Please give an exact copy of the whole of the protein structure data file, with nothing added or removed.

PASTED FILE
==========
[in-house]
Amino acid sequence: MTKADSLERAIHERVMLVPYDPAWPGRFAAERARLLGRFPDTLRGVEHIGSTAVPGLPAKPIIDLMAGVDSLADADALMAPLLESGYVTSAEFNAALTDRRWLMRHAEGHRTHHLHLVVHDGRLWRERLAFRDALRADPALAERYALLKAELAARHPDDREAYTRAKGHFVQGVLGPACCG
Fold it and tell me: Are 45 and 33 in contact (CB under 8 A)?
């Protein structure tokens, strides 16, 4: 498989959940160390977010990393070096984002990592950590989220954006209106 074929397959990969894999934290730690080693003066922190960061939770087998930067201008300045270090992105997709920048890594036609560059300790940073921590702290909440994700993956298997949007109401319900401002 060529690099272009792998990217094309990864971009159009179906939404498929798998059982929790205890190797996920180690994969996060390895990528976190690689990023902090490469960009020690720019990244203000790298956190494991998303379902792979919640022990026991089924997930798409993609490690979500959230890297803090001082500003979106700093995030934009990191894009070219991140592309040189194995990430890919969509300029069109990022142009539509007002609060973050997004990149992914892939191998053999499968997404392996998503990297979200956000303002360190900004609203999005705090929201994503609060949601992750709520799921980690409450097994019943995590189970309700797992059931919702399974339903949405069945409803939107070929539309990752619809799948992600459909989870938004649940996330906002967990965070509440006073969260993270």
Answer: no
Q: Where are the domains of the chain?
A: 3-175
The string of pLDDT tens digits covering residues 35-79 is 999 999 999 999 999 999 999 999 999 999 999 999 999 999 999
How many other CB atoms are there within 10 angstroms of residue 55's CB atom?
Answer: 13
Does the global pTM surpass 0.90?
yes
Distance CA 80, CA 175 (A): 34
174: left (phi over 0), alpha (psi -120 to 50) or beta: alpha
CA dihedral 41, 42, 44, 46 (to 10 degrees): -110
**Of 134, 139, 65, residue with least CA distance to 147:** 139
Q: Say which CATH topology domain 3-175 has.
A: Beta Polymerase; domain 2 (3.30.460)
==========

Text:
[in-house]
Amino acid sequence: MTKADSLERAIHERVMLVPYDPAWPGRFAAERARLLGRFPDTLRGVEHIGSTAVPGLPAKPIIDLMAGVDSLADADALMAPLLESGYVTSAEFNAALTDRRWLMRHAEGHRTHHLHLVVHDGRLWRERLAFRDALRADPALAERYALLKAELAARHPDDREAYTRAKGHFVQGVLGPACCG
Fold it and tell me: Are 45 and 33 in contact (CB under 8 A)?
């Protein structure tokens, strides 16, 4: 498989959940160390977010990393070096984002990592950590989220954006209106 074929397959990969894999934290730690080693003066922190960061939770087998930067201008300045270090992105997709920048890594036609560059300790940073921590702290909440994700993956298997949007109401319900401002 060529690099272009792998990217094309990864971009159009179906939404498929798998059982929790205890190797996920180690994969996060390895990528976190690689990023902090490469960009020690720019990244203000790298956190494991998303379902792979919640022990026991089924997930798409993609490690979500959230890297803090001082500003979106700093995030934009990191894009070219991140592309040189194995990430890919969509300029069109990022142009539509007002609060973050997004990149992914892939191998053999499968997404392996998503990297979200956000303002360190900004609203999005705090929201994503609060949601992750709520799921980690409450097994019943995590189970309700797992059931919702399974339903949405069945409803939107070929539309990752619809799948992600459909989870938004649940996330906002967990965070509440006073969260993270």
Answer: no
Q: Where are the domains of the chain?
A: 3-175
The string of pLDDT tens digits covering residues 35-79 is 999 999 999 999 999 999 999 999 999 999 999 999 999 999 999
How many other CB atoms are there within 10 angstroms of residue 55's CB atom?
Answer: 13
Does the global pTM surpass 0.90?
yes
Distance CA 80, CA 175 (A): 34
174: left (phi over 0), alpha (psi -120 to 50) or beta: alpha
CA dihedral 41, 42, 44, 46 (to 10 degrees): -110
**Of 134, 139, 65, residue with least CA distance to 147:** 139
Q: Say which CATH topology domain 3-175 has.
A: Beta Polymerase; domain 2 (3.30.460)